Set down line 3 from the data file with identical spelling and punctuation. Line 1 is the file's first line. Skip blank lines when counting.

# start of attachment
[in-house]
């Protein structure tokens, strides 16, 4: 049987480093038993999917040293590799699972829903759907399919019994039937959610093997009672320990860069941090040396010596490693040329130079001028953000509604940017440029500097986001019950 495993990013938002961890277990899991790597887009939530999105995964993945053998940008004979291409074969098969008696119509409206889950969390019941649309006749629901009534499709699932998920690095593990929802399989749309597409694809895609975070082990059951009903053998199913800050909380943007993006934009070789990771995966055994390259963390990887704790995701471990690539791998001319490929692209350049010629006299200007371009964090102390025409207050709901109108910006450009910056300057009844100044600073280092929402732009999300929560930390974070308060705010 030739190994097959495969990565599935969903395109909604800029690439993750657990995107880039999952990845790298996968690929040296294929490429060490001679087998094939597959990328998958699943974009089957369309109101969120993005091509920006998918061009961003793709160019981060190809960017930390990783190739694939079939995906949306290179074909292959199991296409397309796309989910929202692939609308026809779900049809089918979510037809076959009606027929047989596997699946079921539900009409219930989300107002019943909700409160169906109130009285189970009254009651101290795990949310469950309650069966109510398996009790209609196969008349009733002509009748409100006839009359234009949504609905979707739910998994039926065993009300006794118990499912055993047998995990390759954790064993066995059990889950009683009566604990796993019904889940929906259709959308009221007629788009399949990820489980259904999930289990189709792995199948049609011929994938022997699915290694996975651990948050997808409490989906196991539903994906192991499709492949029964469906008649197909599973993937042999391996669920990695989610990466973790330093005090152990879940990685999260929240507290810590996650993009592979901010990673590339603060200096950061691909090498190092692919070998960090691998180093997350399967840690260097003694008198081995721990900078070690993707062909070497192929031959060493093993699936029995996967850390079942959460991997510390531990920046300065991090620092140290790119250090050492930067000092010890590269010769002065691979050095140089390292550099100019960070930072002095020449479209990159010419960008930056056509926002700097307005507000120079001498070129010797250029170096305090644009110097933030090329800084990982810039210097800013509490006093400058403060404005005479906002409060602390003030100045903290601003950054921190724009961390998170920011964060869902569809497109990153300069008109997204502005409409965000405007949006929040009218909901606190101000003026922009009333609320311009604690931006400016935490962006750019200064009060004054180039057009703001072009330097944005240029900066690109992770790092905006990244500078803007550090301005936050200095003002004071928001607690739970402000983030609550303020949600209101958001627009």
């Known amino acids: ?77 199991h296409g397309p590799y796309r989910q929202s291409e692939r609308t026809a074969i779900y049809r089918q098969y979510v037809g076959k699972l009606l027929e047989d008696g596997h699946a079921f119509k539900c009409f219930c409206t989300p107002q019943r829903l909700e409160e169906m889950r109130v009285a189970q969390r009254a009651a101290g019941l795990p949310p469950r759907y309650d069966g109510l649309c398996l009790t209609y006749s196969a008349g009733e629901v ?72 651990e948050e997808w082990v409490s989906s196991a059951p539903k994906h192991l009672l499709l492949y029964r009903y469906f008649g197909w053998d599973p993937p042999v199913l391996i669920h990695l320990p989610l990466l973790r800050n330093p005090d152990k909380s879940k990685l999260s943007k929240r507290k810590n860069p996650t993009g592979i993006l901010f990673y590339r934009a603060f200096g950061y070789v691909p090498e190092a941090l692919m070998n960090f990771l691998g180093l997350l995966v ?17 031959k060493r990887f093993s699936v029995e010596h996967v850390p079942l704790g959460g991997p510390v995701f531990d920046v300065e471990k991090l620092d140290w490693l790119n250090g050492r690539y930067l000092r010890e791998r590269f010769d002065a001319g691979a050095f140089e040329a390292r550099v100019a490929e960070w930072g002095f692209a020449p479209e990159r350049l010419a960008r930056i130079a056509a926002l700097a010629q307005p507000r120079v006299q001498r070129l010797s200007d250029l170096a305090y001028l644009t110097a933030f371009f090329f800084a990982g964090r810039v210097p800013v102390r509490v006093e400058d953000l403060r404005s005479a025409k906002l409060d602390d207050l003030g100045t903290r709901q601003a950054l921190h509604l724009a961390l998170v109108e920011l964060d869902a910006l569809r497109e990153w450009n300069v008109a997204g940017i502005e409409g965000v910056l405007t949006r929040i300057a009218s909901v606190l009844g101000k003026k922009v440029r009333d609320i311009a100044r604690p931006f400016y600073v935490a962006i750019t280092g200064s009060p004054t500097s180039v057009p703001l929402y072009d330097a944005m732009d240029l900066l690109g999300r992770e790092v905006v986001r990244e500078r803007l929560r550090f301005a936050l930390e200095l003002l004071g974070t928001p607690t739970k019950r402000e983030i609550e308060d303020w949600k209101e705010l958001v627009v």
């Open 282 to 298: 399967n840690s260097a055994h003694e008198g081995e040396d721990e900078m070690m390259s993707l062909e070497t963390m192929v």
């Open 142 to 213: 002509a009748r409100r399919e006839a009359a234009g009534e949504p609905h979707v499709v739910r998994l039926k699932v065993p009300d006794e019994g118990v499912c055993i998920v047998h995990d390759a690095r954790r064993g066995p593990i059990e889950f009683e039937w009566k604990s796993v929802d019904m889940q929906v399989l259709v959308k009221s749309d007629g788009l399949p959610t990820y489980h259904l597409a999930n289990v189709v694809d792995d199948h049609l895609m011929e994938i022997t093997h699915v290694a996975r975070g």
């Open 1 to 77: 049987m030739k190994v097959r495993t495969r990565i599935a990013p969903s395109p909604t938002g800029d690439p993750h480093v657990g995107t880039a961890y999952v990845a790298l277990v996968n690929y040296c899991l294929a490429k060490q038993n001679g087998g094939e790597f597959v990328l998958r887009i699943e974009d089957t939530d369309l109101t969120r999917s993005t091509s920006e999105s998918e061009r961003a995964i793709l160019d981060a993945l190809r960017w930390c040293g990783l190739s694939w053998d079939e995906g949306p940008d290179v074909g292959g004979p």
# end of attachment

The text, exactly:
């Known amino acids: ?77 199991h296409g397309p590799y796309r989910q929202s291409e692939r609308t026809a074969i779900y049809r089918q098969y979510v037809g076959k699972l009606l027929e047989d008696g596997h699946a079921f119509k539900c009409f219930c409206t989300p107002q019943r829903l909700e409160e169906m889950r109130v009285a189970q969390r009254a009651a101290g019941l795990p949310p469950r759907y309650d069966g109510l649309c398996l009790t209609y006749s196969a008349g009733e629901v ?72 651990e948050e997808w082990v409490s989906s196991a059951p539903k994906h192991l009672l499709l492949y029964r009903y469906f008649g197909w053998d599973p993937p042999v199913l391996i669920h990695l320990p989610l990466l973790r800050n330093p005090d152990k909380s879940k990685l999260s943007k929240r507290k810590n860069p996650t993009g592979i993006l901010f990673y590339r934009a603060f200096g950061y070789v691909p090498e190092a941090l692919m070998n960090f990771l691998g180093l997350l995966v ?17 031959k060493r990887f093993s699936v029995e010596h996967v850390p079942l704790g959460g991997p510390v995701f531990d920046v300065e471990k991090l620092d140290w490693l790119n250090g050492r690539y930067l000092r010890e791998r590269f010769d002065a001319g691979a050095f140089e040329a390292r550099v100019a490929e960070w930072g002095f692209a020449p479209e990159r350049l010419a960008r930056i130079a056509a926002l700097a010629q307005p507000r120079v006299q001498r070129l010797s200007d250029l170096a305090y001028l644009t110097a933030f371009f090329f800084a990982g964090r810039v210097p800013v102390r509490v006093e400058d953000l403060r404005s005479a025409k906002l409060d602390d207050l003030g100045t903290r709901q601003a950054l921190h509604l724009a961390l998170v109108e920011l964060d869902a910006l569809r497109e990153w450009n300069v008109a997204g940017i502005e409409g965000v910056l405007t949006r929040i300057a009218s909901v606190l009844g101000k003026k922009v440029r009333d609320i311009a100044r604690p931006f400016y600073v935490a962006i750019t280092g200064s009060p004054t500097s180039v057009p703001l929402y072009d330097a944005m732009d240029l900066l690109g999300r992770e790092v905006v986001r990244e500078r803007l929560r550090f301005a936050l930390e200095l003002l004071g974070t928001p607690t739970k019950r402000e983030i609550e308060d303020w949600k209101e705010l958001v627009v």